Golden Visa property incentive records very poor take-up rate

Golden Visa property incentive records very poor take-up rate

The response to a Greek program in which investors from non-European Union countries who buy property worth at least 250,000 euros in Greece are awarded special visas has been very poor to date, according to an analysis by the Center of Planning and Economic Research (KEPE).

The analysis stresses the failure of the investment incentive program – also known as Golden Visa Greece for offering residence permits to third-country investors – especially when compared with such programs in other EU states.

From June 2013 until October 2015, just 983 such residence permits were issued in Greece. In Latvia, where the same program with a property value threshold of 250,000 euros has been in place since 2010, 13,518 permits were issued in a five-year period (from July 2010 to July 2015) – i.e. an annual rate which is more than six times higher than that of Greece. Portugal, with a threshold of 350,000 euros, issued 6,124 permits from October 2012 to June 2015, and in Spain, where the threshold stands at 500,000 euros (double Greece’s), there were 531 permits issued from September 2013 to December 2014.

KEPE notes in its analysis that out of the 983 Golden Visas issued to third-country property buyers the vast majority went to Chinese and Russian citizens, who were awarded 335 and 315 permits respectively. The other participants in the Greek program are from the United Arab Emirates (151), Egypt (53), Ukraine (52) and the US (21).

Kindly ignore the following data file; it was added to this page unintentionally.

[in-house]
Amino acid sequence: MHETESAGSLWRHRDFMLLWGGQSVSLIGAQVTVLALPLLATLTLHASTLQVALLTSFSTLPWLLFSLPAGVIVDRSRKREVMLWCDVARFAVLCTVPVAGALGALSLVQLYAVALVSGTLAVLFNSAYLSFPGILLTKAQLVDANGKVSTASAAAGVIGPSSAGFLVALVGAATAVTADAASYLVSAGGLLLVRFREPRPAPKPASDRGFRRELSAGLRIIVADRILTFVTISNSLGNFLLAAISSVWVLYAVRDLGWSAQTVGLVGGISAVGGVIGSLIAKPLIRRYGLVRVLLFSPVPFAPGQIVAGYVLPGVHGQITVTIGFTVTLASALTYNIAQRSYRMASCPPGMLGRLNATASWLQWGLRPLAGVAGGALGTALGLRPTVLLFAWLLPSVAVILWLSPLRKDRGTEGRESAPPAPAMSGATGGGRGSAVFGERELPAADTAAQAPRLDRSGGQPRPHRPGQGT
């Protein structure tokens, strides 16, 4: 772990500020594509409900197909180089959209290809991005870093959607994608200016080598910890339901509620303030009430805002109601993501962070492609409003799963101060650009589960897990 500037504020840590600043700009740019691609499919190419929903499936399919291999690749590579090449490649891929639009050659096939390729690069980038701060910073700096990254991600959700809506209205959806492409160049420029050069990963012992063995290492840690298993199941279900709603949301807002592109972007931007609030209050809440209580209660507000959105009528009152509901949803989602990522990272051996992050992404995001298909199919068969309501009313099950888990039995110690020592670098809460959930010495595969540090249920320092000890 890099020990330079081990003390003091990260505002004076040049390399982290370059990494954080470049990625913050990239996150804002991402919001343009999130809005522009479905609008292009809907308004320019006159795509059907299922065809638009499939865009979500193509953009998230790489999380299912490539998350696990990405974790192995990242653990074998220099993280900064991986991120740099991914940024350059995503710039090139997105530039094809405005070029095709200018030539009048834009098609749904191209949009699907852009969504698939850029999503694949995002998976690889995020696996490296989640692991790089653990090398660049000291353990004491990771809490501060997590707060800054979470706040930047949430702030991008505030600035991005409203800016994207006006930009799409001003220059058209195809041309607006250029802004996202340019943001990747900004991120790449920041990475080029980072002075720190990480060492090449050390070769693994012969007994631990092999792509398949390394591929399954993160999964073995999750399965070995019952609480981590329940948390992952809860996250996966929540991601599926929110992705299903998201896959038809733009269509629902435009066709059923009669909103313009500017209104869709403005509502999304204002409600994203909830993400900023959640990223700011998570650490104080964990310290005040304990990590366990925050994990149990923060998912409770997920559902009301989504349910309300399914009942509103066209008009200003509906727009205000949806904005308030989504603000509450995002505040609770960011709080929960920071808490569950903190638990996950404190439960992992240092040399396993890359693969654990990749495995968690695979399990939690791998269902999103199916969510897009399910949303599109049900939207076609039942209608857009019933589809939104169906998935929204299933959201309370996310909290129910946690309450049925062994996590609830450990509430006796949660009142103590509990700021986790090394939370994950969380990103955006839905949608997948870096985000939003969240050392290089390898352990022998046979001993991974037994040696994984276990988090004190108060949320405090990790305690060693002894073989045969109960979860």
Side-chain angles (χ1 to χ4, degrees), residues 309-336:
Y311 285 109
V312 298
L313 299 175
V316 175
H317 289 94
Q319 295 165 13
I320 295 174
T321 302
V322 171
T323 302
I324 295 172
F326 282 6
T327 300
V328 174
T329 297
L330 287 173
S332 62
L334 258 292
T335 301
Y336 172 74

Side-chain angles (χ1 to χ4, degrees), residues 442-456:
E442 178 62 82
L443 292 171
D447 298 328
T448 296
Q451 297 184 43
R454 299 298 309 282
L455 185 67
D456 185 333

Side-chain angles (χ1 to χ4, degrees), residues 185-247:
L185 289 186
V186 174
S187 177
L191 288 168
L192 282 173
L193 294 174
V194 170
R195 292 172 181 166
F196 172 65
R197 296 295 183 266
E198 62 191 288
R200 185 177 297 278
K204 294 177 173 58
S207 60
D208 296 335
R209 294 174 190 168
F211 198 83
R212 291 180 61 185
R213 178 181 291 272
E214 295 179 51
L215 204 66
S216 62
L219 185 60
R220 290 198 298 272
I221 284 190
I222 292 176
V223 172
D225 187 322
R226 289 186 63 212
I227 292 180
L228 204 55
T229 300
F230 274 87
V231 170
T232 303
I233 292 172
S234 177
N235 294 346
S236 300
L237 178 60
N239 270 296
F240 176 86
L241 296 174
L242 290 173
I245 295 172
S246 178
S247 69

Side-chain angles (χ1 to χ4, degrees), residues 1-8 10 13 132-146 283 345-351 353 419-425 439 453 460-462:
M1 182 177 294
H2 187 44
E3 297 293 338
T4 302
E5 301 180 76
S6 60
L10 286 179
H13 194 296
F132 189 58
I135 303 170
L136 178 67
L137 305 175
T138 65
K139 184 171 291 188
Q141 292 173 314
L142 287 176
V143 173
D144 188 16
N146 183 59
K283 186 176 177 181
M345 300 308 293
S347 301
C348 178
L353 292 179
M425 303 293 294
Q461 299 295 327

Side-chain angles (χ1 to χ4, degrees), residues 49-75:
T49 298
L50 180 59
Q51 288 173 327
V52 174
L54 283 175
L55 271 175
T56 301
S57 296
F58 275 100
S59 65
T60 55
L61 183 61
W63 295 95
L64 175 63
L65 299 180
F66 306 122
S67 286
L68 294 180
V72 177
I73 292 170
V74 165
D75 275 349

The report adds that several of these property purchases were not initially made with the aim of obtaining a Golden Visa, having taken place before the program began, with the application submitted later, after the scheme had started, which points to the fact that the program was even less of a success as an incentive for investment.

The failure of the scheme is attributed to several factors, such as uncertainty about the country’s eurozone membership, the general macroeconomic climate, the political uncertainty and the capital controls. Another discouraging element is the instability of the local tax system.

With such programs increasing internationally, KEPE says Greece has to shift the criterion from property buying to investment in the private economy.

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